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Precipitating Factors in Asthma : Aspirin, Sulfites, and Other Drugs and Chemicals FREE TO VIEW

David A. Mathison; Donald D. Stevenson; Ronald A. Simon
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From the Division of Allergy and Immunology and Department of Basic and Clinical Research, Scripps Clinic and Research Foundation, La Jolla, California

Chest. 1985;87(1_Supplement):50S-54S. doi:10.1378/chest.87.1_Supplement.50S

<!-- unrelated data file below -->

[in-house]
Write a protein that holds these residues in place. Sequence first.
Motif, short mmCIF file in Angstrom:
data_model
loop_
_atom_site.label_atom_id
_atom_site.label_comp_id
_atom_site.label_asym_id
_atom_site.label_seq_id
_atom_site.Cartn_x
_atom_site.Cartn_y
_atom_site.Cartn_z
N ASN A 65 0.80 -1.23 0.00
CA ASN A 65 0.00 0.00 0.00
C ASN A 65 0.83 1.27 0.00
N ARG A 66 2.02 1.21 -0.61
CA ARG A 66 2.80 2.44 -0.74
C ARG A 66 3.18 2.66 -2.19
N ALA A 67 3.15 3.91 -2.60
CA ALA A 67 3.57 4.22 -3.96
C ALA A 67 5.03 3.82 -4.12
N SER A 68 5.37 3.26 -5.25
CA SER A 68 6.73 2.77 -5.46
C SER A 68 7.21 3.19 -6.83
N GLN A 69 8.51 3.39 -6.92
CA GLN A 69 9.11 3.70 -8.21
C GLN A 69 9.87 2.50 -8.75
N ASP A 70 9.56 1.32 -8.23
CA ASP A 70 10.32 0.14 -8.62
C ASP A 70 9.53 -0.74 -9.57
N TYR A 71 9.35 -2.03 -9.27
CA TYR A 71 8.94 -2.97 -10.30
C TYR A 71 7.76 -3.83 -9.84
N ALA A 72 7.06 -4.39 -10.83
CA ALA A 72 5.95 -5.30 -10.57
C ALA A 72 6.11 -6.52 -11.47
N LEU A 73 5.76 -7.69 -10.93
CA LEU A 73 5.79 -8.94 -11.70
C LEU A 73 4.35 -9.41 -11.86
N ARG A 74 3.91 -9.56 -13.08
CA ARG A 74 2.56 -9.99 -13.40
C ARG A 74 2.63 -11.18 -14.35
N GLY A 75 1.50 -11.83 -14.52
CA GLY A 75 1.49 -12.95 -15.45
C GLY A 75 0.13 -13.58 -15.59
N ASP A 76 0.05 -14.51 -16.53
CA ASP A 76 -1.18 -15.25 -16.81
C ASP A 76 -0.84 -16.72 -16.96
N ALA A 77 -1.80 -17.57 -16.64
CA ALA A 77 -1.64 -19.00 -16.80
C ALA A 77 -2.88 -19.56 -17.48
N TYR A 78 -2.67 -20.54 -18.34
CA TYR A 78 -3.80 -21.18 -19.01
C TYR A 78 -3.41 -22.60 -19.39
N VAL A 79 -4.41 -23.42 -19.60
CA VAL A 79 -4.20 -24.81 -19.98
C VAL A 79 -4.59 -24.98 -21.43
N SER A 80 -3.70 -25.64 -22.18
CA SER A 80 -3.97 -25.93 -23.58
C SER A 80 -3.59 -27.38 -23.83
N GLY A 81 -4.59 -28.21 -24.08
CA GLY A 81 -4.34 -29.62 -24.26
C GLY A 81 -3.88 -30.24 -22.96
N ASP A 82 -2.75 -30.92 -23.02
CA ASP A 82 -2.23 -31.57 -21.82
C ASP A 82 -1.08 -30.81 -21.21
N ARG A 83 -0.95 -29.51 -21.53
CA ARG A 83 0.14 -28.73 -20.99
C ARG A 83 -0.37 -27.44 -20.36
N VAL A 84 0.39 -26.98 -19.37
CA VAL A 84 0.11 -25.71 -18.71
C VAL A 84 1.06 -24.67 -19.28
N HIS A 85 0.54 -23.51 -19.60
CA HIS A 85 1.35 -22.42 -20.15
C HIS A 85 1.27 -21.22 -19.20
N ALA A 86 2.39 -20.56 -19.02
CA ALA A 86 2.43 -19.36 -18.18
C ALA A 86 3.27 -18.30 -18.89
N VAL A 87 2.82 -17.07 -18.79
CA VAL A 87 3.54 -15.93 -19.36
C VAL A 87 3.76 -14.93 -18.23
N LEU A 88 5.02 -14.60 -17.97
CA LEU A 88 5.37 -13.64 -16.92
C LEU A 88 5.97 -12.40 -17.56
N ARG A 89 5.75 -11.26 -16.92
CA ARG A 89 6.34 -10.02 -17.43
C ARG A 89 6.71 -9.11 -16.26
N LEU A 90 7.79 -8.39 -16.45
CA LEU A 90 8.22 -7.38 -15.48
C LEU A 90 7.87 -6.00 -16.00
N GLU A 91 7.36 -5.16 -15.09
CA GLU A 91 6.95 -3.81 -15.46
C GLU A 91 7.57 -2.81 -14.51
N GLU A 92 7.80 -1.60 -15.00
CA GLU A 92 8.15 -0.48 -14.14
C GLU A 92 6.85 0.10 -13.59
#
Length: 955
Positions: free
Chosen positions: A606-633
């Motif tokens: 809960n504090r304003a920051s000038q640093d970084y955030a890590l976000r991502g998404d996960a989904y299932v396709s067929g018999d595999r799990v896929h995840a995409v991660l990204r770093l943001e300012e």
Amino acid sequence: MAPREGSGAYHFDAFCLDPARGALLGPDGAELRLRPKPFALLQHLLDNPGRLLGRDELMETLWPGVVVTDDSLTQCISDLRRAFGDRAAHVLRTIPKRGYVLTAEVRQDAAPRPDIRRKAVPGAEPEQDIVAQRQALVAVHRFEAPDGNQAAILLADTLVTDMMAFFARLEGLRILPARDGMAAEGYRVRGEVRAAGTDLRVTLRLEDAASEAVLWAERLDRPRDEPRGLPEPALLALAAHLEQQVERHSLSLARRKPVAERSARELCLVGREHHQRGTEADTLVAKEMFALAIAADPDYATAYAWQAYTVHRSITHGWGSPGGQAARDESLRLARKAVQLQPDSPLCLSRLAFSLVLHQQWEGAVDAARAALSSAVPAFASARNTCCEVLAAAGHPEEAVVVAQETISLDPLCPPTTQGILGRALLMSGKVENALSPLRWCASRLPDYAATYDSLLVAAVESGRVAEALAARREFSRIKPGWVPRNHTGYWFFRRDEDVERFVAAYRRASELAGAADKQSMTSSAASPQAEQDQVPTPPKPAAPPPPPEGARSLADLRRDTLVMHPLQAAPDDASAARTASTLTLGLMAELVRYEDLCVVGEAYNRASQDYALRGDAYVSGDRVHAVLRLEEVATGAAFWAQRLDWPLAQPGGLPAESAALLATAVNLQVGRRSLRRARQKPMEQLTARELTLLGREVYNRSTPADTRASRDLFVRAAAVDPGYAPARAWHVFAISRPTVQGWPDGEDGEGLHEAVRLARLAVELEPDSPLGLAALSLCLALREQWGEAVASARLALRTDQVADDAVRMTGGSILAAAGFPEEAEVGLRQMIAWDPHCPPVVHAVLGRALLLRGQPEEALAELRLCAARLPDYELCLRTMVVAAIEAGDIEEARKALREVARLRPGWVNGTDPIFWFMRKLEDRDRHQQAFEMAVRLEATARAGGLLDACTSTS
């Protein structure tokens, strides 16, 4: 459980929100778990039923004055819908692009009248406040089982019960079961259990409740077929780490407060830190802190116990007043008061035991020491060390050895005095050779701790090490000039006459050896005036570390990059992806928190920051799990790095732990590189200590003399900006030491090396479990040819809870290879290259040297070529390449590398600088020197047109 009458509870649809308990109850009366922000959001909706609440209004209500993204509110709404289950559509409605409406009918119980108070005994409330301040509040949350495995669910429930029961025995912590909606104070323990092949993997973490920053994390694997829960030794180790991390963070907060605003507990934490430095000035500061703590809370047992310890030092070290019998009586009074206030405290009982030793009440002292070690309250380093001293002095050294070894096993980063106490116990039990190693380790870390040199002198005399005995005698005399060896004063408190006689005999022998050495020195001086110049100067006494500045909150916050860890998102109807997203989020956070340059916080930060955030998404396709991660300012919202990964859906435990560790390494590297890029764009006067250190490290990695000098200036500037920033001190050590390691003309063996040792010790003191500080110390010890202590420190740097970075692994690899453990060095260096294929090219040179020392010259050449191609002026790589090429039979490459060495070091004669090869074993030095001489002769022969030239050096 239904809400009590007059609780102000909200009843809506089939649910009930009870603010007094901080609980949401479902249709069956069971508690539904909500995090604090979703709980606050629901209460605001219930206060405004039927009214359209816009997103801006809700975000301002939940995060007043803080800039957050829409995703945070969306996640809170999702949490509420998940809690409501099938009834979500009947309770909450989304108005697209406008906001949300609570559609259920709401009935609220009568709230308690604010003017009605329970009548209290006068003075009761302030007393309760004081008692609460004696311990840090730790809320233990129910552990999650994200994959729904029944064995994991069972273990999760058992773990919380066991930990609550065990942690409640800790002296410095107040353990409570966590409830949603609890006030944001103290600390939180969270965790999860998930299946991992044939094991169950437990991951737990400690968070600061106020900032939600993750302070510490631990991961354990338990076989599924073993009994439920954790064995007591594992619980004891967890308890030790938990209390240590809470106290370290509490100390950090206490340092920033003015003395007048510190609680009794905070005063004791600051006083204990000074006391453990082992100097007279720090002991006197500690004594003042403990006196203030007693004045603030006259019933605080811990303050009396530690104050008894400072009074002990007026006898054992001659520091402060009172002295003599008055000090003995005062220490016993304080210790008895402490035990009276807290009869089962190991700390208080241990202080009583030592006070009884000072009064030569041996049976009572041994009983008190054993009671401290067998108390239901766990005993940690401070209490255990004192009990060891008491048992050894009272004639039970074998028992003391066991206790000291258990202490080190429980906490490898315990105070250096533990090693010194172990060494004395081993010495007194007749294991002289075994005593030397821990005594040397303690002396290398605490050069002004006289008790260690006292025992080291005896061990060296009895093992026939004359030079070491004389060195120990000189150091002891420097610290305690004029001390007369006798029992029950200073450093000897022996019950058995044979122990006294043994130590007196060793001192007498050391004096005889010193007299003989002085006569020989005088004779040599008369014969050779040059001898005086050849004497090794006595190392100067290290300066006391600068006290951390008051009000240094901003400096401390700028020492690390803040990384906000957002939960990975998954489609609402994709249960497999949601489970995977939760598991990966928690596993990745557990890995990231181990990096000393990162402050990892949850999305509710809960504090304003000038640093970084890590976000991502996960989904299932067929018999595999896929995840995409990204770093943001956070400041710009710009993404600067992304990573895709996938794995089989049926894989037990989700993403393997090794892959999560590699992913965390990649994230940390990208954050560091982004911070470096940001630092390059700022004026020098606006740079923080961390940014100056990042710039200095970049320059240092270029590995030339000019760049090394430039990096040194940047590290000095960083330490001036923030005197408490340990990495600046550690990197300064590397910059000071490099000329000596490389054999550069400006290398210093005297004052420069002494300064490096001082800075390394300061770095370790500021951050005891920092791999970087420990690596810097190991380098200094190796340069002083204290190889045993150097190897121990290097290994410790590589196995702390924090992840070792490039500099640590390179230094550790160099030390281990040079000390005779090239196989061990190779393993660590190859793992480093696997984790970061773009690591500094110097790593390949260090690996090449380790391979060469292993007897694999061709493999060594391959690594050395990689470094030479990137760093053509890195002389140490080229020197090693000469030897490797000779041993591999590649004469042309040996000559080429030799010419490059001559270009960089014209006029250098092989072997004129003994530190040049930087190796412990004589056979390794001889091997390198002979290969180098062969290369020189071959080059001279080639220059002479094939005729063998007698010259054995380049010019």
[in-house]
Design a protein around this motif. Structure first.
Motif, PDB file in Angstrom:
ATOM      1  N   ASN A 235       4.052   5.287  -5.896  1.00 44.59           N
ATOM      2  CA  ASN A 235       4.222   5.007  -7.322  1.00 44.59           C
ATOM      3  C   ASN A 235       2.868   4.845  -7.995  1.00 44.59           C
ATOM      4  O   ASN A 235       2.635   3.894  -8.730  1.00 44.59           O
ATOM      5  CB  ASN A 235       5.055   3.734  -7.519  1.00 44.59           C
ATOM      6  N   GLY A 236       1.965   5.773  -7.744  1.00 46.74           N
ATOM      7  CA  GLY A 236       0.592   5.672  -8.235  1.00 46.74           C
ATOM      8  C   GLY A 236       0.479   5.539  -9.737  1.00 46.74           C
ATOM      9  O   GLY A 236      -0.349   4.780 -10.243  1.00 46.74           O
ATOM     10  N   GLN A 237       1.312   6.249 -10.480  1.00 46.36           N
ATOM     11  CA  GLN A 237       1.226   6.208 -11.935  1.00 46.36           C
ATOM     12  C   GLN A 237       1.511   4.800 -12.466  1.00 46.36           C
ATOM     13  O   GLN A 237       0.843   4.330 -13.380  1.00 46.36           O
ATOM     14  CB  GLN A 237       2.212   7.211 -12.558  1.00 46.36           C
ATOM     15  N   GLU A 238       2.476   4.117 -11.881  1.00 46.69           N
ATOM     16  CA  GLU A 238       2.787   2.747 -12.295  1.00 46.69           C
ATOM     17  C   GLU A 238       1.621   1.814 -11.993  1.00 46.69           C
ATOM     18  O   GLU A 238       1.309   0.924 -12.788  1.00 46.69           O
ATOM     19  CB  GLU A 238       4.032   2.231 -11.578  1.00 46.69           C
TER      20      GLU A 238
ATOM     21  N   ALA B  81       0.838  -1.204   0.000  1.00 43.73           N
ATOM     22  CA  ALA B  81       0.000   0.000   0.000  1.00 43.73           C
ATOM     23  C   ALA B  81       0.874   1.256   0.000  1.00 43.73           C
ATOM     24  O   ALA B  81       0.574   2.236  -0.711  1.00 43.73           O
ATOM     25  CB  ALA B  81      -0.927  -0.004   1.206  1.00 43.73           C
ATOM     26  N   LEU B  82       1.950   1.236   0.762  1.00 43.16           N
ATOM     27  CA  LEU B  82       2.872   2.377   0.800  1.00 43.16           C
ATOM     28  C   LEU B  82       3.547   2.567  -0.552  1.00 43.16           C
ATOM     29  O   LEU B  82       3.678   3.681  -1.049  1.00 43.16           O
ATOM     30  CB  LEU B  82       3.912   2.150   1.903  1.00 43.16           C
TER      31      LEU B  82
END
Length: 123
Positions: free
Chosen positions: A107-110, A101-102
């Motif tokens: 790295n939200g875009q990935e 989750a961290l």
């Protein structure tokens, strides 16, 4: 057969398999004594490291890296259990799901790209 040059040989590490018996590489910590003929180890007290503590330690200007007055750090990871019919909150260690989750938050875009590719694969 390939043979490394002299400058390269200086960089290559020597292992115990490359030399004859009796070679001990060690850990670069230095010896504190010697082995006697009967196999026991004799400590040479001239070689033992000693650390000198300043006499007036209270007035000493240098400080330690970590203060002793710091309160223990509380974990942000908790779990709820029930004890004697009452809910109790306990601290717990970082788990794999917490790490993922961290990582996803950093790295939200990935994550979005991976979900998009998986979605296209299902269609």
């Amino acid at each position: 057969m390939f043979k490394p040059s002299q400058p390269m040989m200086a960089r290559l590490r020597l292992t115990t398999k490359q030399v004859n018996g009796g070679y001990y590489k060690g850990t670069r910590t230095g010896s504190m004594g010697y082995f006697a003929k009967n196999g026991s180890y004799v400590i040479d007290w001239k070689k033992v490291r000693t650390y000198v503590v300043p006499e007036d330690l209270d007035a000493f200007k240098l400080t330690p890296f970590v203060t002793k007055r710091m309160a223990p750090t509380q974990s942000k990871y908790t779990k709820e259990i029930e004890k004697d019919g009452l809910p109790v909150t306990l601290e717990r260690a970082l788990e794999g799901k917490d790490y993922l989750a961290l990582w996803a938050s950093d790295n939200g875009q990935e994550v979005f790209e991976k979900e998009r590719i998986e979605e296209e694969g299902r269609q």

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Several types of reactions to drugs and chemicals may precipitate or perpetuate asthmatic relapse. This review focuses on reactions to aspirin and sulfites. Approximately 40 percent of patients with rhinosinusitis, nasal polyps, and asthma and 5 to 10 percent of all asthmatic patients are sensitive to apirin and aspirin-like nonsteroidal anti-inflammatory drugs at some time in their course. A prudent recommendation to all asthmatics is to substitute acetaminophen for aspirin. When aspirin/aspirin-like drug is essential for treatment of cardiovascular or musculoskeletal disorder, desensitization by cautious oral challenges with graded doses of aspirin can be accomplished. Treatment of the respiratory disorder per se by desensitization followed by daily therapeutic aspirin remains investigational. Sulfur dioxide and sulfites, commonly used as sanitizers and preservatives of foods and pharmaceuticals, may precipitate acute asthma in 5 percent or more of asthmatic patients. When the history suggests sulfite sensitivity, challenges can be used to confirm sensitivity and the patient counseled in avoidance of these chemicals.




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